In 25 years of Dutch-oven cooking, Ron Clanton has prepared meals as simple as stew and cobbler for campers to turducken for more than 100 Thanksgiving diners.

In 25 years of Dutch-oven cooking, Ron Clanton has prepared meals as simple as stew and cobbler for campers to turducken for more than 100 Thanksgiving diners.

"You can cook anything you can think of outdoors at camp," says Clanton, founder of Rogue Dutch Oven Cookers, a chapter of the International Dutch Oven Society.

Many campfire cooks are comfortable with Dutch-oven biscuits and cornbread, but Clanton prepares a variety of yeast breads at Dutch-oven competitions with winning results. At the request of club members, Clanton and other Dutch-oven experts plan to share their secrets and free samples during a weekend demonstration Aug. 11 at Eagle Point's Butte Creek Mill.

"Talk about old-fashioned comfort food," says Mill co-owner Bob Russell, an enthusiastic sponsor of the Cookers' activities.

"Half of 'em are chefs by trade ... and they're so generous with their knowledge."

Clanton, 70, says he trained at a Los Angeles culinary school before spending decades managing graphic-design companies. He gravitated to Dutch-oven cooking while living in Utah, the headquarters of IDOS and moved to the Rogue Valley eight years ago. He heads food service at a local retirement community when he's not trying out recipes over open coals.

"If you're baking, you have to use charcoal (on) top and bottom," he says.

Charcoal constitutes the most common question at Dutch-oven demonstrations, says Clanton. To determine the number of charcoal pieces needed for cooking, verify the Dutch oven's diameter, usually stamped on the lid.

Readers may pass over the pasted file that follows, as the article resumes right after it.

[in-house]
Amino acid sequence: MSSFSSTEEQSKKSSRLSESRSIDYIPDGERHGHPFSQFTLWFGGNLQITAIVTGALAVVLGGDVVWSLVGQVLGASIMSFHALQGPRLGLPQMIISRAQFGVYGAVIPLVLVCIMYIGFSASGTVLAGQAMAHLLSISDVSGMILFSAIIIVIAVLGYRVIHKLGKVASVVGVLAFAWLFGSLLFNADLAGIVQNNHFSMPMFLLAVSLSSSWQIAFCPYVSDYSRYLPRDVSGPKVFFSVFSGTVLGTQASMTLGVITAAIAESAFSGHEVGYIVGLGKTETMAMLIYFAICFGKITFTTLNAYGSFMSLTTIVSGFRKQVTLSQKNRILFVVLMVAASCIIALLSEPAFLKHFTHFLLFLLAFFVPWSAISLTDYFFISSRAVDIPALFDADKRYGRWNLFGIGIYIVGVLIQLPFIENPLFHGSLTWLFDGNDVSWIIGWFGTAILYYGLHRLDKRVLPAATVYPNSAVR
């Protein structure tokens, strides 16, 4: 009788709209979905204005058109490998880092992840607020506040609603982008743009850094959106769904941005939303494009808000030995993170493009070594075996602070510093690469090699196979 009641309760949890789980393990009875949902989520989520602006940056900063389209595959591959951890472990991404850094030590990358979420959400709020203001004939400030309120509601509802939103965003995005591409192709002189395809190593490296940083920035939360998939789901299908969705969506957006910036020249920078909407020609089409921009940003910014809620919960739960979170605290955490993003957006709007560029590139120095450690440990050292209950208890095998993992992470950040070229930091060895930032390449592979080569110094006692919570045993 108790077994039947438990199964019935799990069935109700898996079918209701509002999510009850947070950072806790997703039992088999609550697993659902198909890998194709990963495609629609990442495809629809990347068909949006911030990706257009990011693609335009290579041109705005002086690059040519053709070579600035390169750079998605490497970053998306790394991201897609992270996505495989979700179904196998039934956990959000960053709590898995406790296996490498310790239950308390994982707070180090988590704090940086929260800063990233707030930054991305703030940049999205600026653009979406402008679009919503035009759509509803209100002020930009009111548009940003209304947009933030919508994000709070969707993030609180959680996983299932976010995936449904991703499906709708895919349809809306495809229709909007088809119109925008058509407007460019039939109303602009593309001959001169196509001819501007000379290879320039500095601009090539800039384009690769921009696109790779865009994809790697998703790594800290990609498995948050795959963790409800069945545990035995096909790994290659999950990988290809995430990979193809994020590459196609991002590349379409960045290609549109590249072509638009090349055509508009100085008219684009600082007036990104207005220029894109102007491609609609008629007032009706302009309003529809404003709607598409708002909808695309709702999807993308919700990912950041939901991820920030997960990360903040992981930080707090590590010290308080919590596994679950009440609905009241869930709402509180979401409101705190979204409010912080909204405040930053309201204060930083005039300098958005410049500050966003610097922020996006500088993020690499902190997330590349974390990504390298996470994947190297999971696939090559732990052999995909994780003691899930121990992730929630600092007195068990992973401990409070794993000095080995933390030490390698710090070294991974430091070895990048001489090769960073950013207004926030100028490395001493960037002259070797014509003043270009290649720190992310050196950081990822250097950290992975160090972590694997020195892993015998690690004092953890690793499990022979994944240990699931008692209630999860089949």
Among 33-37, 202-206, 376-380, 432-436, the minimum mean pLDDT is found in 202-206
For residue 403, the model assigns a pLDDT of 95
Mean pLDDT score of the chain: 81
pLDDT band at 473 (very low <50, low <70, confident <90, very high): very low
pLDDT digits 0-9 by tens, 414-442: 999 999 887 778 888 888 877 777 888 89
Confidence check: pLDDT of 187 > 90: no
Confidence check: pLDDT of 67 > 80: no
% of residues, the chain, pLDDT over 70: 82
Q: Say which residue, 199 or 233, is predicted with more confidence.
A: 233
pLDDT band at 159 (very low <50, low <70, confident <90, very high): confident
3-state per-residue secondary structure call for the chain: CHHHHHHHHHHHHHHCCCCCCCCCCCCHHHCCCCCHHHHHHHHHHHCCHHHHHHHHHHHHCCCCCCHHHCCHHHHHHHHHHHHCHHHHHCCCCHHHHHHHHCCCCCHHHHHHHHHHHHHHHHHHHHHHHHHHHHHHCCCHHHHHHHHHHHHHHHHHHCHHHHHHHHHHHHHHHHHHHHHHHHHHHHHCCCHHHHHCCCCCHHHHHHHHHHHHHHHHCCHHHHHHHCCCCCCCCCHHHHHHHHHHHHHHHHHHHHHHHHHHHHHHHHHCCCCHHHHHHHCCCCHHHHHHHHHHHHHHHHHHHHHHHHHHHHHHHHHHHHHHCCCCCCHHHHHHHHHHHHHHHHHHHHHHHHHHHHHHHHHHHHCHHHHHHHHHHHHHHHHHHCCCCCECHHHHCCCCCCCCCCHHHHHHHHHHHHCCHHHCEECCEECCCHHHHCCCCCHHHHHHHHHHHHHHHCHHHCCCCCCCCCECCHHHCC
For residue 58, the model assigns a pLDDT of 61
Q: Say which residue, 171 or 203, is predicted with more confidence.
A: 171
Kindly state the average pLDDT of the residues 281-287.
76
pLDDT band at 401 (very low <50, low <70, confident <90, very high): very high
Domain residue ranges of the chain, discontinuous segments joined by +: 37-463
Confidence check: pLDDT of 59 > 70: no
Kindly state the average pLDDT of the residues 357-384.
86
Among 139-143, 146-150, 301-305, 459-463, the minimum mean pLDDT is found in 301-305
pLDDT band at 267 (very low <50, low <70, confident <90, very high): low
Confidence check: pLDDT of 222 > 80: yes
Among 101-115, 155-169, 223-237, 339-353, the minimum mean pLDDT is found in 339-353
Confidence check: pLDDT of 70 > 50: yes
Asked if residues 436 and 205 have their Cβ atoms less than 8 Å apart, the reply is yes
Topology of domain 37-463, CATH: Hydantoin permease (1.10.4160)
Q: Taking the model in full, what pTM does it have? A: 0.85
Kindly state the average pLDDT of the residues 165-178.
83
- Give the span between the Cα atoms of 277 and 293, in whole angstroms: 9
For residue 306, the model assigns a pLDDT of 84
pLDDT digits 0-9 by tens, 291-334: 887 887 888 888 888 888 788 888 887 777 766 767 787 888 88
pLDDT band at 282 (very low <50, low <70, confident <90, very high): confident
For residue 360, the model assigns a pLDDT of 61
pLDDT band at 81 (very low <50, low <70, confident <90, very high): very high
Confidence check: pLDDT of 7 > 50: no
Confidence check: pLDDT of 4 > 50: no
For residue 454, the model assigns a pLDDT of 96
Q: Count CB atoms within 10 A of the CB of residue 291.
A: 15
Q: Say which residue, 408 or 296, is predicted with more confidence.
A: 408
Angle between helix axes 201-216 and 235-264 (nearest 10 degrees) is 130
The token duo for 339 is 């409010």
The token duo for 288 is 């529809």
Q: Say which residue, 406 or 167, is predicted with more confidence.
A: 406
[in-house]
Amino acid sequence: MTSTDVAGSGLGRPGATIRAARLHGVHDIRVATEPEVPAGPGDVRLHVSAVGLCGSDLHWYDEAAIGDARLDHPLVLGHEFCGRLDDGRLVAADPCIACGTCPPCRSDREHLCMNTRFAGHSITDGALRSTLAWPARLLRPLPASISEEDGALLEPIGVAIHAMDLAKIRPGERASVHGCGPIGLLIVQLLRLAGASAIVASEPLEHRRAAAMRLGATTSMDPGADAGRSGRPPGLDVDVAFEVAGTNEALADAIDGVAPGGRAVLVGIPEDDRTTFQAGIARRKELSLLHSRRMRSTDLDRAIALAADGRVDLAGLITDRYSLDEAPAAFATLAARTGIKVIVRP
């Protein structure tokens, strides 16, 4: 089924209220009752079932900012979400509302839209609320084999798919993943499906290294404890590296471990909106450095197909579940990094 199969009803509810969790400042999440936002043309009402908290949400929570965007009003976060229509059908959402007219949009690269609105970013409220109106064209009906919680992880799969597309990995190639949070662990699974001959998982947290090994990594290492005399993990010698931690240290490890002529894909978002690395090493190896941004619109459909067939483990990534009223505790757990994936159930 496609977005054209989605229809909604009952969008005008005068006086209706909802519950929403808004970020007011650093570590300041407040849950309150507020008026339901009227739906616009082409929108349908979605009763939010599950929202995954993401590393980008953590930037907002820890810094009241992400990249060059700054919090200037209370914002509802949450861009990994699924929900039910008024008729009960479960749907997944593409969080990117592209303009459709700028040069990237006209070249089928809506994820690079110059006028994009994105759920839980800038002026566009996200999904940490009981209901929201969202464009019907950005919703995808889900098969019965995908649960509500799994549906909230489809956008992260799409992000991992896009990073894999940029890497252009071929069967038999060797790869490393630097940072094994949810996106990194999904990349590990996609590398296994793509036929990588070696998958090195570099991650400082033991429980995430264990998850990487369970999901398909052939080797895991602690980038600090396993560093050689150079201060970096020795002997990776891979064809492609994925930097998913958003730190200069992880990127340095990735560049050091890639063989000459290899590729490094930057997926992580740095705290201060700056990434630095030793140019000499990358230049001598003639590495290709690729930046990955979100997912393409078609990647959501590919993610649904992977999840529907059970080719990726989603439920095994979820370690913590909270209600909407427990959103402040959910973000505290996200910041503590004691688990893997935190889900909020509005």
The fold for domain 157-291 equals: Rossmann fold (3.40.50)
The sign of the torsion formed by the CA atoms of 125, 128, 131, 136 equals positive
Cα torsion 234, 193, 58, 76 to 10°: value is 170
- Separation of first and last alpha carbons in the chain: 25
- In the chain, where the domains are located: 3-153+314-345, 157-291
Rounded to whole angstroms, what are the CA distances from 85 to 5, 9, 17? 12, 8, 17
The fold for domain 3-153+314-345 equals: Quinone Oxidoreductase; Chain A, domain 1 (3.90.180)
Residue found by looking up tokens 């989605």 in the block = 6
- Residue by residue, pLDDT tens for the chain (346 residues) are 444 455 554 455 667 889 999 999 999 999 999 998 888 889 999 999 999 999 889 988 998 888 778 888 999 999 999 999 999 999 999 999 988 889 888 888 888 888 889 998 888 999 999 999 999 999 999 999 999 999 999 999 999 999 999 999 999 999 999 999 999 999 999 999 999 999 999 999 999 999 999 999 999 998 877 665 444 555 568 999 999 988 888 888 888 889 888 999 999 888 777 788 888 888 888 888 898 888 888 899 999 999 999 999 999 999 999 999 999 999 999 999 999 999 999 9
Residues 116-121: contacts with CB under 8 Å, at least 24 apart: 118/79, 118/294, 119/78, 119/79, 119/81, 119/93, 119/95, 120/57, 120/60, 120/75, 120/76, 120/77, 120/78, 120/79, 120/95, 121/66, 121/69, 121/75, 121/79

Subtract four from that number to determine the amount of charcoal to place under the oven. Add four to the Dutch-oven diameter to derive the quantity of charcoal to place on top. Using this equation, a 12-inch Dutch oven requires eight pieces of charcoal underneath and 16 on top to bake at 350 F. Because the bottom of bread or biscuits browns more quickly, simply move the Dutch oven off the bed of charcoal when the bread's top just begins to brown and continue cooking with top heat only.

This method and numerous other step-by-step guides — with recipes and photos — are detailed on Clanton's blog, http://roguedutchovencookers.blogspot.com. Created three years ago, the blog covers such Dutch-oven classics as "cowboy beans" and pineapple upside-down cake while showing the vessel's sophisticated side with baked-egg ramekins with ham, Brie and chives. Clanton's own creative and whimsical approach to cooking is evident in recipes for tomato upside-down cornbread and stuffed "crown roast" of frankfurters.

Try these bread recipes from his blog, as well as several simple strategies for using Dutch ovens in the great outdoors.

Reach Food Editor Sarah Lemon at 541-776-4487 or email slemon@mailtribune.com.